RANKED: August Releases of 2018 (Recap)

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(Malkin 2018)

It would seem the month of August has finally ended and amidst gun-toting puppets, gigantic sharks and undying Tom Cruises, I would say we have had a rather intriguing month of cinema. Definitely not perfect, nor terrible, August may have been ripe with films falling under the ‘Lost Art’ banner, but at the end of the day, all great things come with a price. Here is a quick recap of the month of August in cinema! Now you can wake me up when September ends…

#9 Slender Man [Theatre of DOOM]

A horrifyingly boring adaptation of an out-of-date urban legend that may offer some chilling visuals but ultimately lacks originality or effective scares due to dull characters and an uninspired story.

#8 The Happytime Murders [Kingdom of the Criminally Dull…]

A largely wasted opportunity of a comedy that sparks the occasional funny moment with glimpses of some interesting concepts, but misses out on uniqueness and stumbles in its creativity.

#7 Book Club [Kingdom of the Criminally Dull…]

A cute little flick devoid of any real character or coherent storytelling which, despite the charm of its cast, offers a rather ordinary romcom that is harmless at best and bland at worst.

#6 The Spy Who Dumped Me [Kingdom of the Criminally Dull…]

A serviceable comedy that begins rather strong with good laughs and action, but fizzles out quickly, losing steam and devolving into underwhelming and cliche territory – savour for a standout comedic performance from Kate McKinnon.

#5 The Meg [A CRUSADE!!]

A ridiculously entertaining addition to the shark movie pantheon with appropriately escalating lunacy that equates to a heavily imperfect but enjoyable B-movie blockbuster.

#4 Crazy Rich Asians [A CRUSADE!!]

A stupidly loveable and highly enjoyable piece of cinema which is both culturally appropriate and narratively engaging despite its occasional slip into romcom cliches and flares of cheesiness.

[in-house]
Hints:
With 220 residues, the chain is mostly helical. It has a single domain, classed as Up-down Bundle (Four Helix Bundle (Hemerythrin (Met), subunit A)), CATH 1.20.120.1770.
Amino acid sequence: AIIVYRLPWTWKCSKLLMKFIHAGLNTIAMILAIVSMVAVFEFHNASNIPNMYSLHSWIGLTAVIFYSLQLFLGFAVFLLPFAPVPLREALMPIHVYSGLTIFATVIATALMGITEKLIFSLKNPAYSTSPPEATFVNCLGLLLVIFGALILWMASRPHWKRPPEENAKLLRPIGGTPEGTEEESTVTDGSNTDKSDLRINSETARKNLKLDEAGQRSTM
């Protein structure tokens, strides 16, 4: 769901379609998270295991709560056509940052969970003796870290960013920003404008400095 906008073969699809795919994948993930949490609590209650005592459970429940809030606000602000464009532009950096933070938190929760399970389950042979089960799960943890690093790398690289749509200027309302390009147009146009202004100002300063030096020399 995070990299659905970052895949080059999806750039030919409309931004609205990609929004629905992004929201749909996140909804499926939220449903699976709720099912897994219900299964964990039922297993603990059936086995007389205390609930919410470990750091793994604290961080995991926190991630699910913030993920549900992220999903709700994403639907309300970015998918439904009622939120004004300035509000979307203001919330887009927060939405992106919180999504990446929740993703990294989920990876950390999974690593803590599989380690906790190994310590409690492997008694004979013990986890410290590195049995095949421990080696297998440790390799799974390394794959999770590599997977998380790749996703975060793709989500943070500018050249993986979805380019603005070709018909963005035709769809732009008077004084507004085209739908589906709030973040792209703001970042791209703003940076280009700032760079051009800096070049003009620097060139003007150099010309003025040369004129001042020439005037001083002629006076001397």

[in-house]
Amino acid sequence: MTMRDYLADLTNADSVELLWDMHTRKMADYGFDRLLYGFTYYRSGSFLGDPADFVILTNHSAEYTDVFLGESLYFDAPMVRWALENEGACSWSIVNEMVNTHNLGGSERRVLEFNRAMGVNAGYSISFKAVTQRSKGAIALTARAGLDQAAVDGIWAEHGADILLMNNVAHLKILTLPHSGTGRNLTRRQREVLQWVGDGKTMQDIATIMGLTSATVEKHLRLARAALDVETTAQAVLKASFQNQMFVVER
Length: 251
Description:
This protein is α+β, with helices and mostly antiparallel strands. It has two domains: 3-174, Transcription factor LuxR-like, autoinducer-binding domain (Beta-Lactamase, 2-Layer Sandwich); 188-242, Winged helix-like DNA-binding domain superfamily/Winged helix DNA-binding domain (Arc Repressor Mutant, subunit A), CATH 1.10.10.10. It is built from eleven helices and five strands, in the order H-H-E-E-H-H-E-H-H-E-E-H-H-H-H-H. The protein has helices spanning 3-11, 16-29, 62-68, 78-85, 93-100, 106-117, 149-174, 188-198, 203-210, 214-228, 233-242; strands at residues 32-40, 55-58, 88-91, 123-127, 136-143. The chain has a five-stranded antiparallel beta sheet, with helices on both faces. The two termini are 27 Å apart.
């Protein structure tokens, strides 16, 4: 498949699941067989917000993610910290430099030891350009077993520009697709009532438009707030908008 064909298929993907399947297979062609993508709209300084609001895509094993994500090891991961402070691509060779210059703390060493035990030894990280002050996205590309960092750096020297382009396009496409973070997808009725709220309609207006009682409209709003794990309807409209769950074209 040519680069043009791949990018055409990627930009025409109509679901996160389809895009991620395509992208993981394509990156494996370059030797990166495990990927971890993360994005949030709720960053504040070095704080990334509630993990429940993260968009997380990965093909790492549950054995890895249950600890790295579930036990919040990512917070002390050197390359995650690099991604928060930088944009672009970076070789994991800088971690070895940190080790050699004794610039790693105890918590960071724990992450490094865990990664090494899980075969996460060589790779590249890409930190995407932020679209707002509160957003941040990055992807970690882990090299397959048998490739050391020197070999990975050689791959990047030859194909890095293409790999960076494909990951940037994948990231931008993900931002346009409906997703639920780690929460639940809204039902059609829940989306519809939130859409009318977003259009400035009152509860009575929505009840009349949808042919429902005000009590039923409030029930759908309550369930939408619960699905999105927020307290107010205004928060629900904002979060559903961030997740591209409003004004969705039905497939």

#3 BlacKkKlansman [Lost Art]

A retrospective social commentary on the racial inequality of America’s past and saddening present with some equally heavy and hilarious material – performed suavely by a talented cast and solid returned-to-form direction from politically fuelled filmmaker, Spike Lee.

#2 Mirai [Lost Art]

An intimate and sentimental perspective on family and heritage with surreal animation and genius humour, amounting to a timeless and hauntingly nostalgic affair.

#1 Mission: Impossible – Fallout [Lost Art]

An intense, non-stop ride from start to finish, with spectacular set pieces flashing one after the other as Tom Cruise goes to extreme lengths to entertain, resulting in one of the greatest action films from recent memory.

 

Image Sources:

  • Malkin, M 2018, ‘How the Stars of ‘BlacKkKlansman’ Got Into Characters: Watching ‘Soul Train’ and a Walk Through Brooklyn’, Variety, WordPress.com VIP, viewed 21 August 2018, https://variety.com/2018/film/news/how-the-stars-of-blackkklansman-got-into-character-a-walk-in-brooklyn-and-soul-train-spike-lee-1202902848/

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